David Gelfand, E21, has sampled many an aquatic environment—from the pool at the Wilton, Conn., YMCA, where he swam as a part of the club team, to the one in Lima, Peru, where he won two bronze medals at the Para Pan American Games.
But his favorite place to swim is the Pacific Ocean. Every October when he was younger, he competed in a 1.2-mile swim in La Jolla Cove as part of a triathlon held by the Challenged Athletes’ Foundation (CAF), an organization that supports physically challenged athletes with specialized equipment, training, and mentorship. “The saltwater, the seaweed, the people around you, the different waves and currents—it’s cool, being in an environment like that,” said Gelfand. Is it scary to head into the open ocean, not knowing what challenges might await? “I’ve never worried about swimming in the ocean,” Gelfand said. “I’ve always been really comfortable in the water.”
Now Gelfand is striking out into even more challenging waters: He took last semester off from Tufts to train at the United States Olympic and Paralympic Training Center in Colorado Springs as a member of the U.S. national team, with the goal of qualifying for the 2020 Paralympics in Tokyo (now tentatively set to start August 24, 2021). He broke the pan-American para-swimming record for the long-course 400-meter individual medley in January. When the center closed in March due to COVID-19, he was one of a handful of athletes to remain, continuing to train with the aid of a swimming/rowing machine.
Born with a condition called proximal femoral focal deficiency, Gelfand has a left hip that didn’t fully form and a short leg. He’s never let it hold him back. Growing up in New Jersey, he learned to toddle on a prosthetic leg and was running by the time he was two. He got a running prosthetic when he was five and was soon playing hockey, baseball, and soccer, as well as biking, hiking, and skiing, often leaving his family in the dust. “He’s never been afraid to try something new and figure out how to adapt,” said his mother, Linda.
There was one activity, though, where no adaptation was needed. At his first Daddy and Me swim class as a baby, Gelfand put his head underwater without hesitation. He was swimming on his own by age four and doing CAF triathlons by elementary school. “I liked the freedom of being in the water. I didn’t need any sort of special equipment—I was able to compete on the same playing field as my peers,” Gelfand said.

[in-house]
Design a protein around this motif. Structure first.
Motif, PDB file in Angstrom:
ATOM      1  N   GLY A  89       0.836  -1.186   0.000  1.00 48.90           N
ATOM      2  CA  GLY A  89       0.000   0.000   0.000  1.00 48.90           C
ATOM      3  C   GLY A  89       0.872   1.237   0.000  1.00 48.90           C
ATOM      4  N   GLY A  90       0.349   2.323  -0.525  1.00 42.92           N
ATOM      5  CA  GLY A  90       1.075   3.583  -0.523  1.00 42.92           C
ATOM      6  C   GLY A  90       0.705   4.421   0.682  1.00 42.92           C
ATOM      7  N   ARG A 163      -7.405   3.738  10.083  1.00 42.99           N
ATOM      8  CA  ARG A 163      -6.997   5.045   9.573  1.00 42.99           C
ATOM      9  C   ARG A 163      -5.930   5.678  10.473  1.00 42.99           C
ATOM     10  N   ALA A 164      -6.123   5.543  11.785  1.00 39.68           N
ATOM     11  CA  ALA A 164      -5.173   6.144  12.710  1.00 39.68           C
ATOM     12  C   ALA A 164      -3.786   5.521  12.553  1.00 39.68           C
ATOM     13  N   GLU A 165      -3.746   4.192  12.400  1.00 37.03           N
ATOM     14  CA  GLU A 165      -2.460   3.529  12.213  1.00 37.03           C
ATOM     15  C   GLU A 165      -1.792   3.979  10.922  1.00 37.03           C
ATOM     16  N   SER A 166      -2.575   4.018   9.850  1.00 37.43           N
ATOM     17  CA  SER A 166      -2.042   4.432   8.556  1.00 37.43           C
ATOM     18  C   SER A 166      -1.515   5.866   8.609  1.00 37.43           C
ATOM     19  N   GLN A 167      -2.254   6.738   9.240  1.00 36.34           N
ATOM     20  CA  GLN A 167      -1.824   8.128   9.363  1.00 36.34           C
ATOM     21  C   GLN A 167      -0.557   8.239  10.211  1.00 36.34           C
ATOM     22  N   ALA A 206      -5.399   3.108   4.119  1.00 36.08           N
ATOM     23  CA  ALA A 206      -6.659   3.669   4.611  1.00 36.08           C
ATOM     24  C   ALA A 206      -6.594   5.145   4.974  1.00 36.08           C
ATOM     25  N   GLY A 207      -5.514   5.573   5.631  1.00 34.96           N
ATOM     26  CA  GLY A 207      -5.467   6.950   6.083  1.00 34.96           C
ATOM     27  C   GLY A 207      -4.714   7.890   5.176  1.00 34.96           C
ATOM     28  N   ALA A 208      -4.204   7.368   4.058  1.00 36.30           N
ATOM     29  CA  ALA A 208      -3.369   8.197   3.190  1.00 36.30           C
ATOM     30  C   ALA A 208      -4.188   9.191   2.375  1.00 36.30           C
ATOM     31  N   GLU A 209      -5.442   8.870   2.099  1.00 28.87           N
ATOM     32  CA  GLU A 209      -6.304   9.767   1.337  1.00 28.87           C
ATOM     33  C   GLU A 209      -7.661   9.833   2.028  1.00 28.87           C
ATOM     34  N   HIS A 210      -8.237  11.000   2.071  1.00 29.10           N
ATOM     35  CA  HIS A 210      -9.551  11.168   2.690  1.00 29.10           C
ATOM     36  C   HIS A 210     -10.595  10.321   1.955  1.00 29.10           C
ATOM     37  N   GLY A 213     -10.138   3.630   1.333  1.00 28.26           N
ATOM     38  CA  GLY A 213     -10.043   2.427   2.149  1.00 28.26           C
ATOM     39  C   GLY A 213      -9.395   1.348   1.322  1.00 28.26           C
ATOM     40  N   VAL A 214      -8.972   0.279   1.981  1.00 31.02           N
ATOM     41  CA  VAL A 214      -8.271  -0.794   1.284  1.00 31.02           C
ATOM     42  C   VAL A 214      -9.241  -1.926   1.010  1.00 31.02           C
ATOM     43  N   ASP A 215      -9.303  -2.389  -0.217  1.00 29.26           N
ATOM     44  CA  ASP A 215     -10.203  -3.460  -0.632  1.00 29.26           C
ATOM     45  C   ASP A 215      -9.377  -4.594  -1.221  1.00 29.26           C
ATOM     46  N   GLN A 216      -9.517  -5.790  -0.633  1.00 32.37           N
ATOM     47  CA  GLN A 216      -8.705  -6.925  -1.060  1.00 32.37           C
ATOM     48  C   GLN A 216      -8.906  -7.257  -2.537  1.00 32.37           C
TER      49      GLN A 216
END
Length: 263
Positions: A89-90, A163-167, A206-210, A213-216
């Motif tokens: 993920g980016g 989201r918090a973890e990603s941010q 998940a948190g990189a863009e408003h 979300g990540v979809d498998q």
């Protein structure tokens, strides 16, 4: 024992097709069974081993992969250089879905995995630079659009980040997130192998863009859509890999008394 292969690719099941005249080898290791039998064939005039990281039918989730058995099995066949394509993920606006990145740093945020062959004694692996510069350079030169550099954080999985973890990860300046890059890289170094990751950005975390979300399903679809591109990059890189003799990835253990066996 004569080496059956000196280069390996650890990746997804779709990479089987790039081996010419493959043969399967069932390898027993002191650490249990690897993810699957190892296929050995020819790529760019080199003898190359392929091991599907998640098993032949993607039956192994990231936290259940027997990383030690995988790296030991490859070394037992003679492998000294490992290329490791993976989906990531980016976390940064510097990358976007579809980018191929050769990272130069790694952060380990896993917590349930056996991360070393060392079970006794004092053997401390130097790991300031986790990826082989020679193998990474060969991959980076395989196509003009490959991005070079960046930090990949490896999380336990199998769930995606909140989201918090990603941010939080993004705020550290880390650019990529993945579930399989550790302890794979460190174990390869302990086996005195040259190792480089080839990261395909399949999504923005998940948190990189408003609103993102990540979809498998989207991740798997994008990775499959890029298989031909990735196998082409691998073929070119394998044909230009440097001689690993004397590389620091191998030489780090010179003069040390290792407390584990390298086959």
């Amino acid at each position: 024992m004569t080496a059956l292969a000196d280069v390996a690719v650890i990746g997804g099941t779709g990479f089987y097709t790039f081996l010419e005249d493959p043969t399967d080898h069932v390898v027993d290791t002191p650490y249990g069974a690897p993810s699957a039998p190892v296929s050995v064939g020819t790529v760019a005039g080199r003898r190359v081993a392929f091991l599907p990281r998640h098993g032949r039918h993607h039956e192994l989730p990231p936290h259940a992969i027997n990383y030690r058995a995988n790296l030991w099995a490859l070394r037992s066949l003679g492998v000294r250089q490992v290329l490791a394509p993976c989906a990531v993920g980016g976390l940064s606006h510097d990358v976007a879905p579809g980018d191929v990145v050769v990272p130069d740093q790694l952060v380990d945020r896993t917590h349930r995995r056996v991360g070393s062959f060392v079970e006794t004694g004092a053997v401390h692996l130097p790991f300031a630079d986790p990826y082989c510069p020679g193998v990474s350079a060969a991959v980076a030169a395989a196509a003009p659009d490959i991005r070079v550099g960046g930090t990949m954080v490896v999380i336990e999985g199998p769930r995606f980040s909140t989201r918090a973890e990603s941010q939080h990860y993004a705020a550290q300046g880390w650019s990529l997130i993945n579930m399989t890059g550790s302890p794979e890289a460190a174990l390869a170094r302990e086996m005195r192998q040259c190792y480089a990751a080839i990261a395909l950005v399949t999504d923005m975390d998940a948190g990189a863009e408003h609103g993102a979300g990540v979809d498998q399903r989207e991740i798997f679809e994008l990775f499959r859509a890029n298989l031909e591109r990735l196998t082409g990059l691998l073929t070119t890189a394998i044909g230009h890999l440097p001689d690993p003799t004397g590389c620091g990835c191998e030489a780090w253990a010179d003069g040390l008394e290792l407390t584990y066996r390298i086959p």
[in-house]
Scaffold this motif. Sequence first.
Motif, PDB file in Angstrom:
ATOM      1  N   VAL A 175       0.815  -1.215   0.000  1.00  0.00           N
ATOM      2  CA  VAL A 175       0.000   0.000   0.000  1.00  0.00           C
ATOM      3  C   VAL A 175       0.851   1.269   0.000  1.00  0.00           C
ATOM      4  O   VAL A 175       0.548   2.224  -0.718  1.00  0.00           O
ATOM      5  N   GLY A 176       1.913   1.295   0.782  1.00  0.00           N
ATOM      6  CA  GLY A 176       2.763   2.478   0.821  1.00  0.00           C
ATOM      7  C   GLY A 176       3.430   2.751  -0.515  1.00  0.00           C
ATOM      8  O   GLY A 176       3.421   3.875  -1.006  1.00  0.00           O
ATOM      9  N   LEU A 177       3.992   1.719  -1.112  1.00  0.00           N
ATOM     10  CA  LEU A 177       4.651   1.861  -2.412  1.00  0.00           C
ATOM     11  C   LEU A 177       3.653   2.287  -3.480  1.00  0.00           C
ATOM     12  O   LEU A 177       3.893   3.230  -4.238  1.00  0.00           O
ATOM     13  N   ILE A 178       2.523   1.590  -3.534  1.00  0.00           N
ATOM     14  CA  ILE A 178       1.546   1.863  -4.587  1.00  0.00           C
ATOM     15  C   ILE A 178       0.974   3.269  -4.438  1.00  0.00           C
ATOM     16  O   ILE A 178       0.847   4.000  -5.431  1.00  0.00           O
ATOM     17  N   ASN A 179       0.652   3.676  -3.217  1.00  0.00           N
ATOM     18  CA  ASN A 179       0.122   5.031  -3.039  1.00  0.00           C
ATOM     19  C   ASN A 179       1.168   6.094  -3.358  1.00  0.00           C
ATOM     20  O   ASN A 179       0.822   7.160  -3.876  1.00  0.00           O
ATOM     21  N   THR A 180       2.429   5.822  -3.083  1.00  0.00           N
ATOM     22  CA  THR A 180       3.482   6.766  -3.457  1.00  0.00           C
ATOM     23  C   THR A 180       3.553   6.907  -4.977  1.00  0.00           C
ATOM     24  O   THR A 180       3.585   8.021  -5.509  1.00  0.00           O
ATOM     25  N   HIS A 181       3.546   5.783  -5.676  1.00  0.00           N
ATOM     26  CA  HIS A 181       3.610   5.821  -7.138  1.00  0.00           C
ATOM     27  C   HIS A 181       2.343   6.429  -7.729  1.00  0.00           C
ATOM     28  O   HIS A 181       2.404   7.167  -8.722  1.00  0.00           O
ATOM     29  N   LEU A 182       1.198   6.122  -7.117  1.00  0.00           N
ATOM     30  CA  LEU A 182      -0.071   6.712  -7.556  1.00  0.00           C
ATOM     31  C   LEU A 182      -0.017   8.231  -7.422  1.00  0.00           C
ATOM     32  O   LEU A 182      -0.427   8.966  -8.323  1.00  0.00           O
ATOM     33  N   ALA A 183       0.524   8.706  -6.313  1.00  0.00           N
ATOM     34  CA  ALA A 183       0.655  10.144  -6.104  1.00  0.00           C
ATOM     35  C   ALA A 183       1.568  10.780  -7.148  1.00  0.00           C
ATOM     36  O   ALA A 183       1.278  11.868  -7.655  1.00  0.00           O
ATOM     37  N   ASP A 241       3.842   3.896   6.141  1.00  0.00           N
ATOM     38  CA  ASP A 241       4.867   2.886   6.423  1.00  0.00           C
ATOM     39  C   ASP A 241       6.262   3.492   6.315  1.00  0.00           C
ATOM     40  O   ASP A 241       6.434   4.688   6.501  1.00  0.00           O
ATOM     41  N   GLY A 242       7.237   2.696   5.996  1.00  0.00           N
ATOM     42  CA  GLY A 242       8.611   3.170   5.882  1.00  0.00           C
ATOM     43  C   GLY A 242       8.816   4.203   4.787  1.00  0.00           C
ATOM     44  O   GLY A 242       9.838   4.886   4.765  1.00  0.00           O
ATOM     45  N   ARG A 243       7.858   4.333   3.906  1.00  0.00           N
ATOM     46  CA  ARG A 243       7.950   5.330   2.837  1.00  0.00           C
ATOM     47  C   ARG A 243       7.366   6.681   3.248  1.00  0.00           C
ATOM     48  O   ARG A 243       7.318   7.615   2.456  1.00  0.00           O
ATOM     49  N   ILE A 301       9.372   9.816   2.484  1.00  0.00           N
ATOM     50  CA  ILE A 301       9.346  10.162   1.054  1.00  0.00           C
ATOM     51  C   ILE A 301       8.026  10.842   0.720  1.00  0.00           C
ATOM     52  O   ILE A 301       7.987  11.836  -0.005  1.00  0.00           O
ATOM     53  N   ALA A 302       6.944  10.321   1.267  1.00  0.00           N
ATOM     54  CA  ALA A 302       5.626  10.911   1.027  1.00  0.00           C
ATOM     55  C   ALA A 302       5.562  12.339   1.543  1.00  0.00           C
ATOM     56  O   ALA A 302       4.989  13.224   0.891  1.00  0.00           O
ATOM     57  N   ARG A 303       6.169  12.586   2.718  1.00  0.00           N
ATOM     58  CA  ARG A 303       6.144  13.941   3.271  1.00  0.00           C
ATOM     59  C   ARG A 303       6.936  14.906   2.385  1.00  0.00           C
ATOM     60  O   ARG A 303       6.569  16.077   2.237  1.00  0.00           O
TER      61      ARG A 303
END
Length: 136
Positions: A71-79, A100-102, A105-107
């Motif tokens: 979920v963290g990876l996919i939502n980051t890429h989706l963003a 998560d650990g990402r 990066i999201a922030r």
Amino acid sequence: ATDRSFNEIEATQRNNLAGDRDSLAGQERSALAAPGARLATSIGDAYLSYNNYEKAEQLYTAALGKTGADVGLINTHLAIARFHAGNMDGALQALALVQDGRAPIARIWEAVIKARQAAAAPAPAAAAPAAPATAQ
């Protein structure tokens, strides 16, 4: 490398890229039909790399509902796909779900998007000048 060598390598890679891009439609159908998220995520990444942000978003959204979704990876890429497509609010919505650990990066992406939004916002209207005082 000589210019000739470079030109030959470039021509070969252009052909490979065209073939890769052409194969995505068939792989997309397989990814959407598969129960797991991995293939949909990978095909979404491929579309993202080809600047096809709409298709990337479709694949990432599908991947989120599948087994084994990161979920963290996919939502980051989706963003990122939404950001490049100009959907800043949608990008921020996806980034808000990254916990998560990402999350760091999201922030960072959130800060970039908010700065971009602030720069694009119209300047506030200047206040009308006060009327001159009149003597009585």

Competing became a focus after he attended an event and met Paralympic swimmer and double leg amputee Rudy Garcia Tolson. “I admired the way he carried himself, and the way he continued to give back to his community,” Gelfand said. “He was always at events, mentoring younger athletes and helping them to see what is possible.”
Gelfand was aiming for the Paralympics by the time he was six. “I remember coming up to my coach and telling him, ‘Oh, look at the national team standard—I’m fifteen seconds off in fifty freestyle,’” Gelfand said with a laugh. “Of course, fifteen seconds is a long way to go in a thirty-second race.” But he got right to work closing that gap and was outswimming his non-disabled peers on the Wilton YMCA club team by middle school. During high school, he was often in the water by 5 a.m. and back in the water for two or more hours in the afternoon. Rather than being draining, it was refreshing. “If I’m having a tough day, swimming helps relieve some of that stress,” Gelfand said. “It’s a good time to take a step back from my emotions and the rest of the day.”
Contributing to a team is also a huge motivator, said Gelfand, who as a first-year student helped the Tufts Swim Team win its first NESCAC title in 2017. “It’s about feeding off the energy and enthusiasm your teammates bring, and bringing your own to practice, and giving just a little bit more so the team can achieve the big goals we set for ourselves,” he said. The team’s head coach, Adam Hoyt, said Gelfand’s hard work last year was an inspiration to his fellow swimmers. “I’ve seen David connect better than ever before with his teammates, which has helped us move toward team and program goals,” said Hoyt, who worked with Gelfand one-on-one outside the team’s season.
Gelfand has balanced swimming with a mechanical engineering major and engineering management minor at Tufts. A builder by nature, Gelfand designed and 3D-printed a device to help him ride his bicycle a few years ago, and for a class last spring built a robot that starts dancing when you come close. He hopes to work on assistive technology when he graduates. “I really want to design medical devices, because I’ve seen how much adaptive equipment has helped my friends and other people in the Paralympic world,” he said.
What makes a good engineer? “When you get a tough problem, you have to have the ability to continue—to say, ‘OK, I’ll start here and work through it bit by bit till I achieve the larger goal,’” Gelfand said. It’s similar to what makes a strong swimmer. “It’s really just a willingness to work hard, and to be able to take advice,” Gelfand said. “Nobody starts out with perfect technique. You have to be able to listen to coaches and have the mental discipline to use what they tell you to change what you’re doing over time, and make yourself better.”
There may be one more thing that makes a strong swimmer, if Gelfand is any indication: a passion for pushing limits. “I’m driven by the feeling of wanting to improve, wanting to get somewhere I haven’t, to be just a little bit better than I was before,” he said. “One of the things I love most about swimming is diving into the water and just seeing what I can do.”
Monica Jimenez can be reached at email@example.com.